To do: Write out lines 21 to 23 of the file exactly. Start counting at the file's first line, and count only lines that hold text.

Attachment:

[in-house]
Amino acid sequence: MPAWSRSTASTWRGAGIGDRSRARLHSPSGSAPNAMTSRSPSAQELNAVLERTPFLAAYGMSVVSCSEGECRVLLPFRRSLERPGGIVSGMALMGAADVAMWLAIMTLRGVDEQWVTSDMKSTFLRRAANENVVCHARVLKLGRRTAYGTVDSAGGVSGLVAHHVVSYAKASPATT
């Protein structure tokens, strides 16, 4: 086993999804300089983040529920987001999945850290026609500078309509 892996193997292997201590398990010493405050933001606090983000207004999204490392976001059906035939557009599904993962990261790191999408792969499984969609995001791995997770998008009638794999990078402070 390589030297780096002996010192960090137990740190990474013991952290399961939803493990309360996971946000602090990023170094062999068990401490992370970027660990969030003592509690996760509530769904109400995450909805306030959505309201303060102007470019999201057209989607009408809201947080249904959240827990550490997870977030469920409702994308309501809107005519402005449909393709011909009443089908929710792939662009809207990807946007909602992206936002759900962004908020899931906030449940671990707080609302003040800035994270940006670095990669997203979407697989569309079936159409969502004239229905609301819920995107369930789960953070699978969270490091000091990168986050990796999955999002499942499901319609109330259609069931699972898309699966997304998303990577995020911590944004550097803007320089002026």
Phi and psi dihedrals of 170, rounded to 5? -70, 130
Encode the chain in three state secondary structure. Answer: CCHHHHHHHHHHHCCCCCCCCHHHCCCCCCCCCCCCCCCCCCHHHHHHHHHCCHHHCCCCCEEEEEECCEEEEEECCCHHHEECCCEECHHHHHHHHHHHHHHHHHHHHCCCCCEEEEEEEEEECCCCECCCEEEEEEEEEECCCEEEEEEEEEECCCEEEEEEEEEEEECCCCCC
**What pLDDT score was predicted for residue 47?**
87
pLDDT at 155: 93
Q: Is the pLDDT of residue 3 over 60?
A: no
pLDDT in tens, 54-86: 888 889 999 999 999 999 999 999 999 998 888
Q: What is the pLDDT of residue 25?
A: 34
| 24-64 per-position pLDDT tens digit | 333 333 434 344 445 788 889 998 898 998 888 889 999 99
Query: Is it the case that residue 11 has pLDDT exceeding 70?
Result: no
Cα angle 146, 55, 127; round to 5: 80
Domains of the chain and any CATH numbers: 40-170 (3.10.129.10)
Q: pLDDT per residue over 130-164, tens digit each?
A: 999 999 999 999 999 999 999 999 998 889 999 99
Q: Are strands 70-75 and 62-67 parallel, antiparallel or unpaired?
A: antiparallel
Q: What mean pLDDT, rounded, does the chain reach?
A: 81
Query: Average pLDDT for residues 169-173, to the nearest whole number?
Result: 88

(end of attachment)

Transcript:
Q: Are strands 70-75 and 62-67 parallel, antiparallel or unpaired?
A: antiparallel
Q: What mean pLDDT, rounded, does the chain reach?